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Hoffmann, R. A wiki for the life sciences where authorship matters. Nature Genetics (2008)

The role of inactivation in the effects of n-alkanols on the sodium current of cultured rat sensory neurones.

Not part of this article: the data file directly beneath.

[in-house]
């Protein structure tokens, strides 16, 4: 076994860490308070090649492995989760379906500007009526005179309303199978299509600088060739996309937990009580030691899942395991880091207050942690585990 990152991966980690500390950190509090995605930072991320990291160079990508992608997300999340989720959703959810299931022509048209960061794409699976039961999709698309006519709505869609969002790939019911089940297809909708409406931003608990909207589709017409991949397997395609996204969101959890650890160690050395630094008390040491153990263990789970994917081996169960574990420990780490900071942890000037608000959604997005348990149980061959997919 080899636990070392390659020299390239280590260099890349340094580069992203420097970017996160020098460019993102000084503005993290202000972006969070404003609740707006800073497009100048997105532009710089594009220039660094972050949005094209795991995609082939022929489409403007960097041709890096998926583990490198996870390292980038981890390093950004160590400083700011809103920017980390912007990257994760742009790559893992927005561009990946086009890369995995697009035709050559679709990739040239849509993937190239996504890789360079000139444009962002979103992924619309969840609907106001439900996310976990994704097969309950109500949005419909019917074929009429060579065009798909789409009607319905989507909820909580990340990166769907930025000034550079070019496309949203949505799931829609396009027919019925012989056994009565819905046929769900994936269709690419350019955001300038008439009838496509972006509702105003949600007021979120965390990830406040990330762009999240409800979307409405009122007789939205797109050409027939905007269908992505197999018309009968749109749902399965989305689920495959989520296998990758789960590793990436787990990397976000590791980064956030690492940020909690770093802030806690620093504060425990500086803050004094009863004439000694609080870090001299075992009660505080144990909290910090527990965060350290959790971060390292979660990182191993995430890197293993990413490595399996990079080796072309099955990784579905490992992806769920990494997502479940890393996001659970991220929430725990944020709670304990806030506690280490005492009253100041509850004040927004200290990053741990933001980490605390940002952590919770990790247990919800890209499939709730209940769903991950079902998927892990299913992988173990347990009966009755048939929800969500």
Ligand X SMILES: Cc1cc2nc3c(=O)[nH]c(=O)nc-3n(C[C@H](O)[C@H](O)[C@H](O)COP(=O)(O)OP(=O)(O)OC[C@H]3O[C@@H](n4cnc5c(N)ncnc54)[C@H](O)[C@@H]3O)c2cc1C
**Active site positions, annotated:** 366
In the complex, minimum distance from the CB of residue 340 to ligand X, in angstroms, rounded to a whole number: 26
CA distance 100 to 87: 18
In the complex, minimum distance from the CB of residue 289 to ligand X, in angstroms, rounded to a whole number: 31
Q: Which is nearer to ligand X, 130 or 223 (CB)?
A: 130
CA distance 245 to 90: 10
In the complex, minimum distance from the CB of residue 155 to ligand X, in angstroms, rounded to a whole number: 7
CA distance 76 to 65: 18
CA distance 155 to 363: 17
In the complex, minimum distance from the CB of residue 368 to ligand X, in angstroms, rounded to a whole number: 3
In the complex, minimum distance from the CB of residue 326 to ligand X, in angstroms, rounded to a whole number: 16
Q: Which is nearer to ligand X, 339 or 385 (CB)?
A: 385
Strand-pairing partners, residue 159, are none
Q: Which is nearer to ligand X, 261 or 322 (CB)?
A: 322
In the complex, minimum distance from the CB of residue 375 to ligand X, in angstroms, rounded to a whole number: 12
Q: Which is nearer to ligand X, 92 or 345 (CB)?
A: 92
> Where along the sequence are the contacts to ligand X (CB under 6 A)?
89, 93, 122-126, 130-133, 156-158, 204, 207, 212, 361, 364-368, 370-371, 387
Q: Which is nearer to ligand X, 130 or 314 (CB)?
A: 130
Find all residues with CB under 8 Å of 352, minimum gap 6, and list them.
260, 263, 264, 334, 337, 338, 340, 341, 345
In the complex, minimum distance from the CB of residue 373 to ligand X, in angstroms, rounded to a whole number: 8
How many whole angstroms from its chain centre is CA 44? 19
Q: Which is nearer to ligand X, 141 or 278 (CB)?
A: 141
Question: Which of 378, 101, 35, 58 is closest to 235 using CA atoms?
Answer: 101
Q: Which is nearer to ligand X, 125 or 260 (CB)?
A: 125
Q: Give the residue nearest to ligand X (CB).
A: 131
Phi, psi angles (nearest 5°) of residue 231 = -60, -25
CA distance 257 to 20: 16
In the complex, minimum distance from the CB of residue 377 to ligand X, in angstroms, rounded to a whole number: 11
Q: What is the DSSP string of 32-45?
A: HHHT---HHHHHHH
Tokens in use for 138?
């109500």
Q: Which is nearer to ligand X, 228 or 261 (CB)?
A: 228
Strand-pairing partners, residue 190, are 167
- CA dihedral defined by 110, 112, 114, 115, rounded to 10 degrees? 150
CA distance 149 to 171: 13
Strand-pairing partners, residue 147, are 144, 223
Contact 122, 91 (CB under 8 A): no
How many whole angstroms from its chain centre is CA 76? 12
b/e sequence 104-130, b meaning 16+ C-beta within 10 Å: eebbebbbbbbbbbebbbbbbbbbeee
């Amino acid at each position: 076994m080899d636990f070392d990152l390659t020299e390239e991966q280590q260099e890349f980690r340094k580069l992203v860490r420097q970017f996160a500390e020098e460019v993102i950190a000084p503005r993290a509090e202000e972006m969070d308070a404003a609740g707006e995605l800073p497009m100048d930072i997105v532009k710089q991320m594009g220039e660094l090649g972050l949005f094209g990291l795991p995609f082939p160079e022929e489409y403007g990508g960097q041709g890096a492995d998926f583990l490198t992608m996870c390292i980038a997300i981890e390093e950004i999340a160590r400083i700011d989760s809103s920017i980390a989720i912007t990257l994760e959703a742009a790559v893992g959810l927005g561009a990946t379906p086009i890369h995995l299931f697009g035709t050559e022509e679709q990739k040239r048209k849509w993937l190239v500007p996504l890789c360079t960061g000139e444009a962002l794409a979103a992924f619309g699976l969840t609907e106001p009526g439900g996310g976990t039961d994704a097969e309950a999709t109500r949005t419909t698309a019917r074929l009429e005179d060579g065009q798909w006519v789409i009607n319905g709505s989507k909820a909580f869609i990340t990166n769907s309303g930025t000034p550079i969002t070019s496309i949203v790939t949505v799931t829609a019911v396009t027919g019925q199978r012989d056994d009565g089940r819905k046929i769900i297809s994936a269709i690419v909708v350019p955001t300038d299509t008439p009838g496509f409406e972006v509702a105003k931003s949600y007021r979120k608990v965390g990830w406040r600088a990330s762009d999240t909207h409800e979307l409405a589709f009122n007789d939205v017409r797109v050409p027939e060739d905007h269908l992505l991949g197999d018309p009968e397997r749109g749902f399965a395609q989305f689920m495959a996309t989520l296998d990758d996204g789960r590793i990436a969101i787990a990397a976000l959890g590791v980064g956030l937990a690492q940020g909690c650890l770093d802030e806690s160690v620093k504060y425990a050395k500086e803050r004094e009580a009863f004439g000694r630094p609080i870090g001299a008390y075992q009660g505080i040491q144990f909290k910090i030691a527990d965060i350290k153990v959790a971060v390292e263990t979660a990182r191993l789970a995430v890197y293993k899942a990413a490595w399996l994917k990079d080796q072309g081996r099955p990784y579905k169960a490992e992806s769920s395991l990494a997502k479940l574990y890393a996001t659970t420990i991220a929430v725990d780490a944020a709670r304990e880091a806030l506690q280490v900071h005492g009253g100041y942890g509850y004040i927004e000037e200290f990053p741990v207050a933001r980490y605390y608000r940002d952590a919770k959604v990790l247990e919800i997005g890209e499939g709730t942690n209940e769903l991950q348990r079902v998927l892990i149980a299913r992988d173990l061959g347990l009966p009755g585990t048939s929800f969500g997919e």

1. The whole-cell patch-clamp technique has been used to investigate the actions of n-butanol, n-pentanol, n-hexanol and n-octanol on the sodium current of cells isolated from the dorsal root ganglia (DRGs) of neonatal rats and maintained in short-term tissue culture. 2. The influence of n-alkanols on the level of steady-state inactivation of the sodium current was investigated by a standard two-pulse protocol. All alkanols increased the level of resting inactivation and this was manifested as a hyperpolarizing shift of the relationship between the steady-state inactivation parameter (h infinity) and membrane potential. The mid-point of the h infinity curve was moved by up to -30 mV. 3. The relationship between the shift in the mid-point of the inactivation curve (delta Vh) and aqueous n-alkanol concentration has been derived for each n-alkanol. These are complex in shape and do not appear consistent with a hypothesis that the increase in inactivation results from 1:1 binding of an alkanol molecule to a single site on the channel protein. 4. The aqueous concentrations used ranged from 70 mM-n-butanol to 0.05 mM-n-octanol. However, equal fractional saturations of n-alkanols produced approximately equal shifts in the h infinity curve, particularly in the range 0.01-0.07 saturated. This implies a hydrophobic site of action, with a standard free energy per methylene group for adsorption to the site from the aqueous phase of ca -3.2 kJ/mol. 5. The increase in resting inactivation was not the sole means by which n-alkanols reduced the sodium current. The current was still reduced in cells pre-pulsed to sufficiently negative potentials to remove steady-state inactivation even in the presence of alkanols. The concentration required to reduce the current by 50% (ED50) has been interpolated for each n-alkanol. From these data it was estimated that the standard free energy per methylene group for adsorption to the site of action was ca -3.1 kJ/mol, similar to that calculated for the effect on inactivation. The concentration dependence of this residual block indicated the involvement of more than one n-alkanol molecule. 6. The n-alkanols increase the level of inactivation of rat DRG cell sodium channels at potentials around the resting membrane potential and this effect contributes to their local anaesthetic action.(ABSTRACT TRUNCATED AT 400 WORDS)[1]


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